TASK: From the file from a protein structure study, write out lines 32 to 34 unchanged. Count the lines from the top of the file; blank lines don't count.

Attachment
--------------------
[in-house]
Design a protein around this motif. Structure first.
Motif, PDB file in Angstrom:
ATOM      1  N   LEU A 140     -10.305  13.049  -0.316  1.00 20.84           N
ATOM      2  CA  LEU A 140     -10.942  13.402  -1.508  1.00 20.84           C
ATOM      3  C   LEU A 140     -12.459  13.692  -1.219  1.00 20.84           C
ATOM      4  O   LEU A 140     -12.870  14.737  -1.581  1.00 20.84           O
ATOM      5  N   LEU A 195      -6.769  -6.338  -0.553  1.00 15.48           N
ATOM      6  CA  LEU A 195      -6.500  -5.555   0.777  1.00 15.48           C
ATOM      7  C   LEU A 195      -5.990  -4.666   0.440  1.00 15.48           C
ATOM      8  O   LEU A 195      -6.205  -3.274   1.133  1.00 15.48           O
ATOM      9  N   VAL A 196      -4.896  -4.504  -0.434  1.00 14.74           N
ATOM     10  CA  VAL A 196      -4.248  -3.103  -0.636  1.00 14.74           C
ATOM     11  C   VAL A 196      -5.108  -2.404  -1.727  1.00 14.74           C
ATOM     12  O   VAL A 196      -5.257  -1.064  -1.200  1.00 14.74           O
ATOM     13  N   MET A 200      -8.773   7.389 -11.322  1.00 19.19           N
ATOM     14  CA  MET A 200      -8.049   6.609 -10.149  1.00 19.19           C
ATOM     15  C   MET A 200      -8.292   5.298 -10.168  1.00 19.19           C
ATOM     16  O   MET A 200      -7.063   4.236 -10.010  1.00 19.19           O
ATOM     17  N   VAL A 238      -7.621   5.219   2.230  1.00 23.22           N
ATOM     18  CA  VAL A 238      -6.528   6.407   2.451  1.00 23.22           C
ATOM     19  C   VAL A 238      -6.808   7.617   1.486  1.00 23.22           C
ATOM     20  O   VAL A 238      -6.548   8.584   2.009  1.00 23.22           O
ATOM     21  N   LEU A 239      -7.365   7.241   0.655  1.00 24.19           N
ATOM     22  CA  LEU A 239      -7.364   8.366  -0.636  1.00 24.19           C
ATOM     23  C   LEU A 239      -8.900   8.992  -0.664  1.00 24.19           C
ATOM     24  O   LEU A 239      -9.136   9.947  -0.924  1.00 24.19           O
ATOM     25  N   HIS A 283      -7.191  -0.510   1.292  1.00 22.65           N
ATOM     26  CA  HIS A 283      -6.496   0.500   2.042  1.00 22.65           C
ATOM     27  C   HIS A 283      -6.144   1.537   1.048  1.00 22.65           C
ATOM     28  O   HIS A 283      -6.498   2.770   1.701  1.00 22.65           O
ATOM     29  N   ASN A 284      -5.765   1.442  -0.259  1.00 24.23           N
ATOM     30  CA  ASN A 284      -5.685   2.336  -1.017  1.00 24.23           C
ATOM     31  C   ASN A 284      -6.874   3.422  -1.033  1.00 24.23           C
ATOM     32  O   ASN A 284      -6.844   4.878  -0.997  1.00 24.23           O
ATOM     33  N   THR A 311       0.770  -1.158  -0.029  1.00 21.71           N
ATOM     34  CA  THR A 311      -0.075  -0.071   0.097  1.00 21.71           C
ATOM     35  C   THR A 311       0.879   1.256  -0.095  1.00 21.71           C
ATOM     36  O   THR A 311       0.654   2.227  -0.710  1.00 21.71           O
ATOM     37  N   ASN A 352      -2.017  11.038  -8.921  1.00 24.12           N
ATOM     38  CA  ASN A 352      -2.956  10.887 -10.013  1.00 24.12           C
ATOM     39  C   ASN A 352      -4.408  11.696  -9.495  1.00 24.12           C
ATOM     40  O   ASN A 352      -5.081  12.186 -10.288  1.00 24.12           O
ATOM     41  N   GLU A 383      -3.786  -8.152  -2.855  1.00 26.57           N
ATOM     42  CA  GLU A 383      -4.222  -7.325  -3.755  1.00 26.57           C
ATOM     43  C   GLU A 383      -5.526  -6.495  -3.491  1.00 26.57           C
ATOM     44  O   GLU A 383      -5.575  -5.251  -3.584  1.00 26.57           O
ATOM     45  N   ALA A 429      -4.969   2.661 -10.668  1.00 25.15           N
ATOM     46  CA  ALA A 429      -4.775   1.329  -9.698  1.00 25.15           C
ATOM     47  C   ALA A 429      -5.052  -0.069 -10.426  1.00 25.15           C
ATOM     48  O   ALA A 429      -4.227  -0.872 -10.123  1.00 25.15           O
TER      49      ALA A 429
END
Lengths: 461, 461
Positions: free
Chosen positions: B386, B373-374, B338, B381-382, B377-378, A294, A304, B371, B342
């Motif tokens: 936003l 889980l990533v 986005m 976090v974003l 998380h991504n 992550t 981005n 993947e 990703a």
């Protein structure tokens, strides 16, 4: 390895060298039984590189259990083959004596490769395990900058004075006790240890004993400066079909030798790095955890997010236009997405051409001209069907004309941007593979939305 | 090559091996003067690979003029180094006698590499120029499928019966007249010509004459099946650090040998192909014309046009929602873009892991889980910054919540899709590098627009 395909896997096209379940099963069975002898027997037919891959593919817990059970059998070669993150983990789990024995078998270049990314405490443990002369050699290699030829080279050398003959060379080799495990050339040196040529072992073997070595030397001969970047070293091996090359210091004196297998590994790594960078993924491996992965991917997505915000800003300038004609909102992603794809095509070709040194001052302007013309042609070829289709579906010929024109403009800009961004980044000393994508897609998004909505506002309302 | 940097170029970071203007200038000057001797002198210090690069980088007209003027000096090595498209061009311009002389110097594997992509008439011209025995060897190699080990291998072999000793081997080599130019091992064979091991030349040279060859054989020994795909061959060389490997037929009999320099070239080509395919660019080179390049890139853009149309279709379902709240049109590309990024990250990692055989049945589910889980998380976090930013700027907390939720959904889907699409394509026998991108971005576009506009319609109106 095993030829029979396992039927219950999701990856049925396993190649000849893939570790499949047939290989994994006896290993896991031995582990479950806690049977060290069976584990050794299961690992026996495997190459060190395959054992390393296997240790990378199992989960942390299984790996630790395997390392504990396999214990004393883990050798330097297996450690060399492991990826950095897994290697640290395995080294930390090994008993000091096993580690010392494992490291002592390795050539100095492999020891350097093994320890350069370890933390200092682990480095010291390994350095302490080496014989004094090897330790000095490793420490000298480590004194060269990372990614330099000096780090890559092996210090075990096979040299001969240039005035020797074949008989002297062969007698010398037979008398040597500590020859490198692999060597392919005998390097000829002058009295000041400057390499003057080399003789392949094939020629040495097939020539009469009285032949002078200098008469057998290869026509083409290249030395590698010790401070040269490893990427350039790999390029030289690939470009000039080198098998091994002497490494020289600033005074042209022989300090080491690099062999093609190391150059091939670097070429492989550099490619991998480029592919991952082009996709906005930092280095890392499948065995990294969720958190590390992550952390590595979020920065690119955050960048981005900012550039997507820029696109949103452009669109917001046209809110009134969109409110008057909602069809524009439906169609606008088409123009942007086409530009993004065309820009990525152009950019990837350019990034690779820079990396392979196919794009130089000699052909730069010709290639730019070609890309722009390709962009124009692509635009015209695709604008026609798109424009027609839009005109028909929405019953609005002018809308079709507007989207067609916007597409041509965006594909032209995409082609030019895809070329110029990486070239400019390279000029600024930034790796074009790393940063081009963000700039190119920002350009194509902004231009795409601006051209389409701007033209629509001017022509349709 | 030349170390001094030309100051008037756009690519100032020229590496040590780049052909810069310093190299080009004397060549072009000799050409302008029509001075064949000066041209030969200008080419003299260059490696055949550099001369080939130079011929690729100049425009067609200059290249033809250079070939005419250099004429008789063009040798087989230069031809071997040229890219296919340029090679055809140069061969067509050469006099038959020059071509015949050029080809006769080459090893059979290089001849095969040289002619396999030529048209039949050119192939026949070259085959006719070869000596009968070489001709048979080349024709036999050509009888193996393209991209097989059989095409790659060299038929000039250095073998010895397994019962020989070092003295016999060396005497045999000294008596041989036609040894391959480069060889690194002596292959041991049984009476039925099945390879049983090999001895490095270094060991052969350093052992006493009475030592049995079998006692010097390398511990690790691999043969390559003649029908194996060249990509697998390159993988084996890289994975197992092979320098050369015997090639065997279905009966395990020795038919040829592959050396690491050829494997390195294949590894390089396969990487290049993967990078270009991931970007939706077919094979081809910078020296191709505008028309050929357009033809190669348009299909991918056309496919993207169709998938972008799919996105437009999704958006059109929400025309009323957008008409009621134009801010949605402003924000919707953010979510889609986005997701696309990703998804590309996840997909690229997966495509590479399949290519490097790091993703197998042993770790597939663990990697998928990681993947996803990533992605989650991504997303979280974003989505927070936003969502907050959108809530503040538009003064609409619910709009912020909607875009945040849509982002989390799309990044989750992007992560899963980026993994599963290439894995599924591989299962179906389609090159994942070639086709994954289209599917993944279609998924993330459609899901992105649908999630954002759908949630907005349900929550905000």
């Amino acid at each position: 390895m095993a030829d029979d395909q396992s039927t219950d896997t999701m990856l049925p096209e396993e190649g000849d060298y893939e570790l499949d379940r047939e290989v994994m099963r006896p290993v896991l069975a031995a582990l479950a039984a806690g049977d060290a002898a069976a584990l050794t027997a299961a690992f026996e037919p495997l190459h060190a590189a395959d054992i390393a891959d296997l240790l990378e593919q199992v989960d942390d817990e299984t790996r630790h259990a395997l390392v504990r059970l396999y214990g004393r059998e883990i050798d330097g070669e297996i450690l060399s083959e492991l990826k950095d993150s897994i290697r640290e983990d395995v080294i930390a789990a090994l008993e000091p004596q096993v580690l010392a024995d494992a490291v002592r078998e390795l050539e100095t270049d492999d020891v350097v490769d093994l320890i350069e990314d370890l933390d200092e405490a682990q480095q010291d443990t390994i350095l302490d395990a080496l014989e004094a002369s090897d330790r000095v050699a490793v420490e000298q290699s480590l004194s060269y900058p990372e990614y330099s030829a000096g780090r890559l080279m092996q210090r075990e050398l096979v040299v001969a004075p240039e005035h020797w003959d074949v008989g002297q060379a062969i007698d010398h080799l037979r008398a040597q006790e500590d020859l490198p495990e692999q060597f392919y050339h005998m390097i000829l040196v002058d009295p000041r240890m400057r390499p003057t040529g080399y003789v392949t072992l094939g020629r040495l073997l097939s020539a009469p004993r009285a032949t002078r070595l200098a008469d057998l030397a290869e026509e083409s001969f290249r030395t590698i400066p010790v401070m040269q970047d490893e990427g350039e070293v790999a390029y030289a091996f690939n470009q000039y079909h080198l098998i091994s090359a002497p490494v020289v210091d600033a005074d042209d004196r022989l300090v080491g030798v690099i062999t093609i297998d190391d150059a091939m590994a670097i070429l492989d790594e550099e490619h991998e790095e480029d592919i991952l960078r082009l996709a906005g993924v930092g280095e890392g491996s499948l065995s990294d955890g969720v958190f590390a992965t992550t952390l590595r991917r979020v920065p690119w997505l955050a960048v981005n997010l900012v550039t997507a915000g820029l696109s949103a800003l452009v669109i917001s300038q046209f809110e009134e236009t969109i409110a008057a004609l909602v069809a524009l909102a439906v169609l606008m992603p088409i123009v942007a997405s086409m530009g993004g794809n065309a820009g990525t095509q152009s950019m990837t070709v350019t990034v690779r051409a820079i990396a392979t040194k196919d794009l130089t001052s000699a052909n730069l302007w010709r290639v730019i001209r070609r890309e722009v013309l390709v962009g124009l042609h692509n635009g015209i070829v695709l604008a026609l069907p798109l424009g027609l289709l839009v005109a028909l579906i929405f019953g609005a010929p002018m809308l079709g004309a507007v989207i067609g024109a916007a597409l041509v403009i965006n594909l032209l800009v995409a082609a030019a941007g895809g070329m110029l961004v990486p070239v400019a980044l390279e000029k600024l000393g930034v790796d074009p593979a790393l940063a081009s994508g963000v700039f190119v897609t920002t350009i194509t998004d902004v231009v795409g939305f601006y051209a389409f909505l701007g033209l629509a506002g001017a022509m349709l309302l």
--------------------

ATOM     29  N   ASN A 284      -5.765   1.442  -0.259  1.00 24.23           N
ATOM     30  CA  ASN A 284      -5.685   2.336  -1.017  1.00 24.23           C
ATOM     31  C   ASN A 284      -6.874   3.422  -1.033  1.00 24.23           C